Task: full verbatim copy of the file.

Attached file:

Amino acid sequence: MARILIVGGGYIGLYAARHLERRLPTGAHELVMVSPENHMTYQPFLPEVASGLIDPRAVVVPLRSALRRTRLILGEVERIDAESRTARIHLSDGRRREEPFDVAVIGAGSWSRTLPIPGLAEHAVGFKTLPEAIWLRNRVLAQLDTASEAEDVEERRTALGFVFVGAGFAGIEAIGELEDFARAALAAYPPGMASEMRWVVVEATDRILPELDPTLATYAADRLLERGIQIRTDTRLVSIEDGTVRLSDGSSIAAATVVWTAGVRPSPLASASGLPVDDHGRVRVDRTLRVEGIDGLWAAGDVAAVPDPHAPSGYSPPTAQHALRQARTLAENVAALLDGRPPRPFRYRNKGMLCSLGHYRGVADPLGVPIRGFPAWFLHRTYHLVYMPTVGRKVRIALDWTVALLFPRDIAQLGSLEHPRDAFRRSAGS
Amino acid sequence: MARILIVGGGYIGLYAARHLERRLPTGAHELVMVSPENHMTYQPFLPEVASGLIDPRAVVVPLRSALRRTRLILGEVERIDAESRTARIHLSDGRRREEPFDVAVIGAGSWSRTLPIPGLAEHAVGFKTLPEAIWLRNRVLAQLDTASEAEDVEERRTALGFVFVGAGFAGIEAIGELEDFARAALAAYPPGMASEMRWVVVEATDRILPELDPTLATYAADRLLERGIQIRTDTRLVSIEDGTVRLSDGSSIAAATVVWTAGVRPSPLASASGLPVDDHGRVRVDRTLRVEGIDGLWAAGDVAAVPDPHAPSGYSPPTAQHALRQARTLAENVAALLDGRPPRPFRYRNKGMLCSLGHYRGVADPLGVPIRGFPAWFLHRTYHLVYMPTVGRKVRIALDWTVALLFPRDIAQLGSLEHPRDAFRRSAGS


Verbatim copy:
Amino acid sequence: MARILIVGGGYIGLYAARHLERRLPTGAHELVMVSPENHMTYQPFLPEVASGLIDPRAVVVPLRSALRRTRLILGEVERIDAESRTARIHLSDGRRREEPFDVAVIGAGSWSRTLPIPGLAEHAVGFKTLPEAIWLRNRVLAQLDTASEAEDVEERRTALGFVFVGAGFAGIEAIGELEDFARAALAAYPPGMASEMRWVVVEATDRILPELDPTLATYAADRLLERGIQIRTDTRLVSIEDGTVRLSDGSSIAAATVVWTAGVRPSPLASASGLPVDDHGRVRVDRTLRVEGIDGLWAAGDVAAVPDPHAPSGYSPPTAQHALRQARTLAENVAALLDGRPPRPFRYRNKGMLCSLGHYRGVADPLGVPIRGFPAWFLHRTYHLVYMPTVGRKVRIALDWTVALLFPRDIAQLGSLEHPRDAFRRSAGS
Amino acid sequence: MARILIVGGGYIGLYAARHLERRLPTGAHELVMVSPENHMTYQPFLPEVASGLIDPRAVVVPLRSALRRTRLILGEVERIDAESRTARIHLSDGRRREEPFDVAVIGAGSWSRTLPIPGLAEHAVGFKTLPEAIWLRNRVLAQLDTASEAEDVEERRTALGFVFVGAGFAGIEAIGELEDFARAALAAYPPGMASEMRWVVVEATDRILPELDPTLATYAADRLLERGIQIRTDTRLVSIEDGTVRLSDGSSIAAATVVWTAGVRPSPLASASGLPVDDHGRVRVDRTLRVEGIDGLWAAGDVAAVPDPHAPSGYSPPTAQHALRQARTLAENVAALLDGRPPRPFRYRNKGMLCSLGHYRGVADPLGVPIRGFPAWFLHRTYHLVYMPTVGRKVRIALDWTVALLFPRDIAQLGSLEHPRDAFRRSAGS